Allan took us to his hytte (cabin) today with his son Max. We arrived at the trailhead about 13:00 and unloaded the kids’ bikes. Off they went! We attached a strap to Anna’s seat so that I could be her brakes while going downhill, and her engine when going uphill, but generally she was a good peddler and a good braker.
The hike was pretty long for the kids, Maggie and Peter wiped out several times and each ended the day with multiple bloody wounds. The last half of the trip back, we pushed the bikes, but by the time we got back to our leilighet (apartment) they were eager to get back on their bikes.
The trail was 2 miles long, ending at a farmhouse which was now a business catering to hikers, selling hot chocolate and hot dogs. Just before the farmhouse, immediately off the trail, is the Krill’s hytte. They feel very lucky to have bought the cabin in the woods so close to Trondheim. Many Norwegians have winter cabins to use as their bases for cross-country skiing, but most feel their cabins should be far far from town. Maggie, Peter, and Max busied themselves outside making swords: sawing off branches from fallen trees, whittling points on the sticks, and nailing crossguards to the blades.
Allan, Pam, Anna, and I went mushroom hunting, and it was sheer magic! We left the trails to walk among the trees, the ground was covered with a pad of thick moss that was like walking on a giant sponge. The filtered light seemed glow off the soft greens, like a scene from a fantasy tale -- I expected to see fairies and elves hiding beneath the leaves.
Padding beneath the trees we found pockets of mushrooms in great varieties -- browns and yellows and reds and grays, all sizes, many shapes. Allan knew which were good to eat, which were poisonous, which ones were pretenders. He showed us how to check for bugs, how to identify good mushrooms and bad, as we filled bags with the soft jewels from the forest floor. We spotted a cluster of bright red mushrooms with white spots, looking exactly like the mushrooms which house tiny blue Smurfs.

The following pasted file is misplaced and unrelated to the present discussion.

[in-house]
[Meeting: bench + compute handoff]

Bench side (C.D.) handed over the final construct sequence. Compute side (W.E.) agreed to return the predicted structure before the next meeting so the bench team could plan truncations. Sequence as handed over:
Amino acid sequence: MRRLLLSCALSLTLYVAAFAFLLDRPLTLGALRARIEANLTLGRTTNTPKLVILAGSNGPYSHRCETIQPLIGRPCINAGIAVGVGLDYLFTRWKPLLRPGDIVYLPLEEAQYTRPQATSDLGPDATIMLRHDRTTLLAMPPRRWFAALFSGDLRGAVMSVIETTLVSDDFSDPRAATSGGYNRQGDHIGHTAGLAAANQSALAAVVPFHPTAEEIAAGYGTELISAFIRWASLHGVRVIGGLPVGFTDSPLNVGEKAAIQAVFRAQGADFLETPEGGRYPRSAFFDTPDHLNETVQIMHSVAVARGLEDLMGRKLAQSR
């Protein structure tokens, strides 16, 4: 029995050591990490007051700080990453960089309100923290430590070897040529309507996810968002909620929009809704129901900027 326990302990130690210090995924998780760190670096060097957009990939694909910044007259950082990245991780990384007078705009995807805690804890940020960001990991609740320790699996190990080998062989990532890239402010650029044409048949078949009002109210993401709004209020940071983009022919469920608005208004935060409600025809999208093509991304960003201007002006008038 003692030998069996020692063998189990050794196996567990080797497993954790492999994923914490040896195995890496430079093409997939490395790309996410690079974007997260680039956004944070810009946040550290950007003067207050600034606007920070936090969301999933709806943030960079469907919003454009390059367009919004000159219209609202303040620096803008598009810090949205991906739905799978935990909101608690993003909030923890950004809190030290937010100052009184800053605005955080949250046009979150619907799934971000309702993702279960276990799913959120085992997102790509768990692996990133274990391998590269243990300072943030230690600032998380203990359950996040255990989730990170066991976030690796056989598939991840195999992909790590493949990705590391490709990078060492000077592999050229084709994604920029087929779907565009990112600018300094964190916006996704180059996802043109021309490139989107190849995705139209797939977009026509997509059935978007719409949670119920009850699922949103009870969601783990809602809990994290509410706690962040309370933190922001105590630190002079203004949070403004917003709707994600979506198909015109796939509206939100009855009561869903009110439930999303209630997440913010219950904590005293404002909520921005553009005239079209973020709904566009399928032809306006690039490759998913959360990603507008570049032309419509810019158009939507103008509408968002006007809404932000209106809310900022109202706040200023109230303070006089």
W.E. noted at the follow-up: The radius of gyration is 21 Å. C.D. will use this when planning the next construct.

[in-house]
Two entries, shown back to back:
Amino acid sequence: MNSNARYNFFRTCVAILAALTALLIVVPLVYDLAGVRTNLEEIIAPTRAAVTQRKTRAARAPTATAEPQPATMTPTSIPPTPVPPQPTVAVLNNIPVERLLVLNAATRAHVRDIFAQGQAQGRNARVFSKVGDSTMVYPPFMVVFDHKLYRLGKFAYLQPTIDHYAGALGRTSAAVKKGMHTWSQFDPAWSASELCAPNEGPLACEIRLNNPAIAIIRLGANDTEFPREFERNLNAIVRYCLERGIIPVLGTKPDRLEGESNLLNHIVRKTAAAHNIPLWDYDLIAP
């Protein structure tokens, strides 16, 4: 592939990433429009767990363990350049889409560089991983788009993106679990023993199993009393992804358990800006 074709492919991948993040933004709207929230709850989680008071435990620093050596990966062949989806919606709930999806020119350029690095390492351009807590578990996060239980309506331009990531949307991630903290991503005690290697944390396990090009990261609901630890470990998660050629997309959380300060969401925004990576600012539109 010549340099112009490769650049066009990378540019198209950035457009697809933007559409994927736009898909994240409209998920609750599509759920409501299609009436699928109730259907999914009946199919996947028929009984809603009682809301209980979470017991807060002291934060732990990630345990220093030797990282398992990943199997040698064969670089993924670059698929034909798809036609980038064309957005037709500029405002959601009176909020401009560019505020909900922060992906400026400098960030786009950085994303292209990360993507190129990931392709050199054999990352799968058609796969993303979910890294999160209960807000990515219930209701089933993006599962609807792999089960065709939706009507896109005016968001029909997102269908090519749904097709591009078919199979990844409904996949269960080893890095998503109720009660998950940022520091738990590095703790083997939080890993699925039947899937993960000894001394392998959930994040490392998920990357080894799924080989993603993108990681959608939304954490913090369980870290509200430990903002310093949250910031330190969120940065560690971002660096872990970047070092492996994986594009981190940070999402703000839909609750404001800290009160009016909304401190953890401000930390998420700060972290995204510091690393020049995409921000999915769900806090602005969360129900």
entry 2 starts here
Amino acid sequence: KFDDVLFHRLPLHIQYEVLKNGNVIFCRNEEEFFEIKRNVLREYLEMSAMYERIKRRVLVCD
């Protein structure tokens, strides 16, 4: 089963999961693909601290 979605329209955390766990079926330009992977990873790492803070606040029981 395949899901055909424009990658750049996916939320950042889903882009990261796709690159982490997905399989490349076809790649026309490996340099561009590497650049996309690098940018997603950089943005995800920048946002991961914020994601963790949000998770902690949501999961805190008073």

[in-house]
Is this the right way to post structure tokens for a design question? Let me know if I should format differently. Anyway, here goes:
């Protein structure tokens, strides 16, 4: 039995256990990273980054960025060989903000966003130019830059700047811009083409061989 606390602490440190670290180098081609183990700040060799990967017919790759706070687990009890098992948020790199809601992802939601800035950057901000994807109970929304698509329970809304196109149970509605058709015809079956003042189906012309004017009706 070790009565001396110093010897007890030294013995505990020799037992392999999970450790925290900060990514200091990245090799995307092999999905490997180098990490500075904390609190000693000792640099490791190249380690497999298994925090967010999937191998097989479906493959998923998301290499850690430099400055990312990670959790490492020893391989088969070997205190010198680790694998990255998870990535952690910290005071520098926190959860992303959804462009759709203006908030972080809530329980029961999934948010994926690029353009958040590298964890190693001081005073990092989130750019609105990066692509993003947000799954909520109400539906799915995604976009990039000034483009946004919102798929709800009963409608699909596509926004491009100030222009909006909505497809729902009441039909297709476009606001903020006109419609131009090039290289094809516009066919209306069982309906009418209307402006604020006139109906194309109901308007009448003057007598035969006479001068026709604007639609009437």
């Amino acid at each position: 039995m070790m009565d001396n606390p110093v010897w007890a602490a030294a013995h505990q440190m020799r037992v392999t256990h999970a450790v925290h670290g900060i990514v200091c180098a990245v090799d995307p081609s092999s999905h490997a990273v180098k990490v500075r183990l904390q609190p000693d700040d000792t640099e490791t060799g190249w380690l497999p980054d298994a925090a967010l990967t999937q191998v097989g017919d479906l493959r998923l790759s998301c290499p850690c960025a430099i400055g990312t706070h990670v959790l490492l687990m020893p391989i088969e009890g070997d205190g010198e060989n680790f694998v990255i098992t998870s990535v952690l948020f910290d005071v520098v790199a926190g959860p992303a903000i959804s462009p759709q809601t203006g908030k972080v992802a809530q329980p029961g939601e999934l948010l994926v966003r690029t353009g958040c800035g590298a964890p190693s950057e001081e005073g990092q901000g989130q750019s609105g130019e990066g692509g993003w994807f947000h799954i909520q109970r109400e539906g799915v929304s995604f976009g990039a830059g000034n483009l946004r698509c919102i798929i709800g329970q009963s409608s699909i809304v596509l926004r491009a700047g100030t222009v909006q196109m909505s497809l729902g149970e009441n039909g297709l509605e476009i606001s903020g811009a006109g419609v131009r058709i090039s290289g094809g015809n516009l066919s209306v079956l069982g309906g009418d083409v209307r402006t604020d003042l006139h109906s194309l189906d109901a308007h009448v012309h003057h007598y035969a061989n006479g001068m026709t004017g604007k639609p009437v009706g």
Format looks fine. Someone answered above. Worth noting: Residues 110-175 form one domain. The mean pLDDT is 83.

Blueberries were in abundance as well, smaller than we are used to in the States but very sweet. Allan led us to a secret berry patch where we found cloud berries, a very rare and expensive berry costing 100 Kr/kg at the store. An acquired taste, he tells us. I ate 4 or 5, trying to get used to them, but they tasted a bit like sweet mushy pickles, and I decided 4 or 5 really was quite enough for me.
On our way back, Allan stumbled upon the prize: a hexering (witch’s ring, or fairy circle) of bright orange chanterelle mushrooms. Earlier during the hunt we found many lookalike mushrooms, very close in appearance to the chaterelle but Allan was not fooled by the imposters. Here was the real deal! This find was exciting, and we filled an entire bag with these treasures.
This evening, we steamed a panful of chanterelle mushrooms for dinner. High in fiber, B vitamins, and selenium.
I am deeply exhausted tonight.